• University of Minnesota graduate and professional students
    • Students can earn one credit through the Humphrey School of Public Affairs course PA 5890 – Crisis Simulation, or through the School of Public Health course PubH 6290 – International Humanitarian Crisis Simulation

Participants will gain:

  • Knowledge of fundamental principles, minimum standards and best practices in Humanitarian Aid
  • Opportunities to apply their professional skills and knowledge in a realistic scenario
  • Opportunities to engage with other professionals involved in humanitarian aid.

You’ll also find a StarTribune article on the simulation here.

Canadian Disaster and Humanitarian Response Training Program 2016

CDHRTP

Registration is open for the annual Canadian Disaster and Humanitarian Response Training Program, now offered by Humanitarian U:

The Canadian Disaster and Humanitarian Response Training Program is an educational program that proposes a novel three-way blended approach that combines an online course with face-to-face sessions and a 3-day field based disaster simulation exercise. Using content that has been developed by academia and humanitarian professionals over the last 15 years, this hybrid of competency based pedagogical methods offers students a rewarding and impactful learning experience.

The in-person components of the course will take place from 9-15 May 2016, including a three day field exercise in the Montreal area. The cost of the program is $2,200.

 

Sabin: The continuing role of manual conflict simulation

Recently, as part part of a class he ran for Prof. Armin Fuegenschuh at the German Armed Forces University in Hamburg, Prof. Philip Sabin (KCL) gave an illustrated talk on the Continuing Role of Manual Conflict Simulation.  This has now been posted on the HSU website.  It offers a general introduction to the subject, making reference to many of his current activities, while in the Q&A he addresses some important nuances of designing and using manual conflict simulations. PAXsims and AFTERSHOCK even get a shout-out (43:07).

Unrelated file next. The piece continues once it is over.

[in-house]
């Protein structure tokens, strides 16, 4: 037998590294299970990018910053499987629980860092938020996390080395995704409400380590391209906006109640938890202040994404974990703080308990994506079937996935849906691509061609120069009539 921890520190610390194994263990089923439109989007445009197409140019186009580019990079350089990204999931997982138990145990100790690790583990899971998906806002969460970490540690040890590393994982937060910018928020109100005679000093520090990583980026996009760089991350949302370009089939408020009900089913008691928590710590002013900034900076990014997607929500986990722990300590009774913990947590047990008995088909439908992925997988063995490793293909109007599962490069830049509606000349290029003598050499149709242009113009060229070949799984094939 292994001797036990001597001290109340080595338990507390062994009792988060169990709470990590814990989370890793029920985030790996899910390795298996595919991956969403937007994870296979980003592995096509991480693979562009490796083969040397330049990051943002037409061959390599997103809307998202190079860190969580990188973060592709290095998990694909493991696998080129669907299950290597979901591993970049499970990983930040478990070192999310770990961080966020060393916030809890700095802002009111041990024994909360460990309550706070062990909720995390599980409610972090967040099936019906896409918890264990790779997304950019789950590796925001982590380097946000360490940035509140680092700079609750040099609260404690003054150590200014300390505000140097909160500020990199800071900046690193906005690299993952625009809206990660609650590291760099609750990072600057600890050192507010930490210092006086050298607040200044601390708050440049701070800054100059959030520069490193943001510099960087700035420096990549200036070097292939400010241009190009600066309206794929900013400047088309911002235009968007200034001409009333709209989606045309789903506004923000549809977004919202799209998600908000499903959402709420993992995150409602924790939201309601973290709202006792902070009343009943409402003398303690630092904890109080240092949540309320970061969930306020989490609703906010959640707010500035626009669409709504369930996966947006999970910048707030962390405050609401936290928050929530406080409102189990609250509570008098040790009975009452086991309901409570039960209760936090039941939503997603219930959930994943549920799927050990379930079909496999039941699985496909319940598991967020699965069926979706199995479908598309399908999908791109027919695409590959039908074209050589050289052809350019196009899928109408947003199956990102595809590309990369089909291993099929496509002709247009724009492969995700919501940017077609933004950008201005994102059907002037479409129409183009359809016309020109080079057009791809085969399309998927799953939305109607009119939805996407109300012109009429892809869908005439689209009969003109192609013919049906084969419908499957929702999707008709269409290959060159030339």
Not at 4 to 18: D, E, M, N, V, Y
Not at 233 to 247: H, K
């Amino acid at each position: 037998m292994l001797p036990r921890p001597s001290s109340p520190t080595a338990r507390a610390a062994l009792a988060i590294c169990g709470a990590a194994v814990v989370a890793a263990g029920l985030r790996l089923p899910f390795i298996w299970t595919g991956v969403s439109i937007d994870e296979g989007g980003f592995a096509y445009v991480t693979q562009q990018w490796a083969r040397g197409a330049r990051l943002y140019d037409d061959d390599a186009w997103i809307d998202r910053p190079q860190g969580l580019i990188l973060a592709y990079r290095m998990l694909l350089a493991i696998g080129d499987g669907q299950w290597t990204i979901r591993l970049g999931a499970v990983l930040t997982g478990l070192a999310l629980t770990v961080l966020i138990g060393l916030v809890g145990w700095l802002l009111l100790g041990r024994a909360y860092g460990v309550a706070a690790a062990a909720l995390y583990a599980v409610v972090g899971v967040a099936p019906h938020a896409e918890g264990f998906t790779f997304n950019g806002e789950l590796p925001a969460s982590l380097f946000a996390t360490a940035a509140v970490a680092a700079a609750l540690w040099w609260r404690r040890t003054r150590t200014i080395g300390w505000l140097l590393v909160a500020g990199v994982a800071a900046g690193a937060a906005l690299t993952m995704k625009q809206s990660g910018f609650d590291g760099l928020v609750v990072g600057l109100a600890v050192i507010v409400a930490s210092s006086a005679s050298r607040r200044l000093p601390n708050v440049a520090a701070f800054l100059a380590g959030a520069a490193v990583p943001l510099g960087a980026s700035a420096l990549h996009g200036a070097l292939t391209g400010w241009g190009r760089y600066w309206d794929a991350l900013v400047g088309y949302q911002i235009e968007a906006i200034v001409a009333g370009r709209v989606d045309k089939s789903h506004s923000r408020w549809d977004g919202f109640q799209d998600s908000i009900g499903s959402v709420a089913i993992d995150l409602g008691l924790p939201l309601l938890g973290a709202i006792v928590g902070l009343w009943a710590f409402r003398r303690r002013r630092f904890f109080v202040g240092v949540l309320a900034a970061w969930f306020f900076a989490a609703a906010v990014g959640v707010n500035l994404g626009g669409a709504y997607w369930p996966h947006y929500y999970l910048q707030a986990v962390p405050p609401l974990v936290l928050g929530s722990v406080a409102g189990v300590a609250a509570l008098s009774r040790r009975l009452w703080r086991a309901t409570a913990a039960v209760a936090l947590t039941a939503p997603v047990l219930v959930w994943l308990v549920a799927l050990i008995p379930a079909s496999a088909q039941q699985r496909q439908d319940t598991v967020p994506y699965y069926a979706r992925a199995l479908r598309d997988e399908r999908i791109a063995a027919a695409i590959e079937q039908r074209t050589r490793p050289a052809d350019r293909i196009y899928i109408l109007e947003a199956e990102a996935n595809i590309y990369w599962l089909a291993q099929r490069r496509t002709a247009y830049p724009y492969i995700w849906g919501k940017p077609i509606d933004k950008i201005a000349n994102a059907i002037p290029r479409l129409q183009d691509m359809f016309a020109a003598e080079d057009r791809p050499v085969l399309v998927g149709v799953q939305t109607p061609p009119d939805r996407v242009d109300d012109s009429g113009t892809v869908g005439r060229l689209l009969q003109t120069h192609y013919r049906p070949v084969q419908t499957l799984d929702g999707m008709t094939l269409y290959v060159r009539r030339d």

Disaster and Humanitarian Response Training Program (May 2015)

The Canadian Consortium for Humanitarian Training (CCHT) will again be offering the Disaster and Humanitarian Response Training Program in Montréal on 1-17 May 2015. This multi-disciplinary training program includes in class learning and a 3-day field simulation, providing students and mid-career professionals with the core humanitarian competencies that are essential for anyone involved in disaster response and/or humanitarian assistance.

CCHT General Flyer 2015_13_avril hk

PAXsims will be contributing to the course, running an instructional game of AFTERSHOCK: A Humanitarian Crisis Game to help students explore the challenges of interagency coordination during a humanitarian crisis.

You’ll find June McCabe’s 2013 PAXsims review of the Disaster and Humanitarian Response Training Program here.

Wargaming at King’s College London

Prof. Philip Sabin (Department of War Studies, King’s College London) has put together a short video that offers an overview of both the recent Connections UK 2014 professional wargaming conference and his own MA module on conflict simulation at KCL.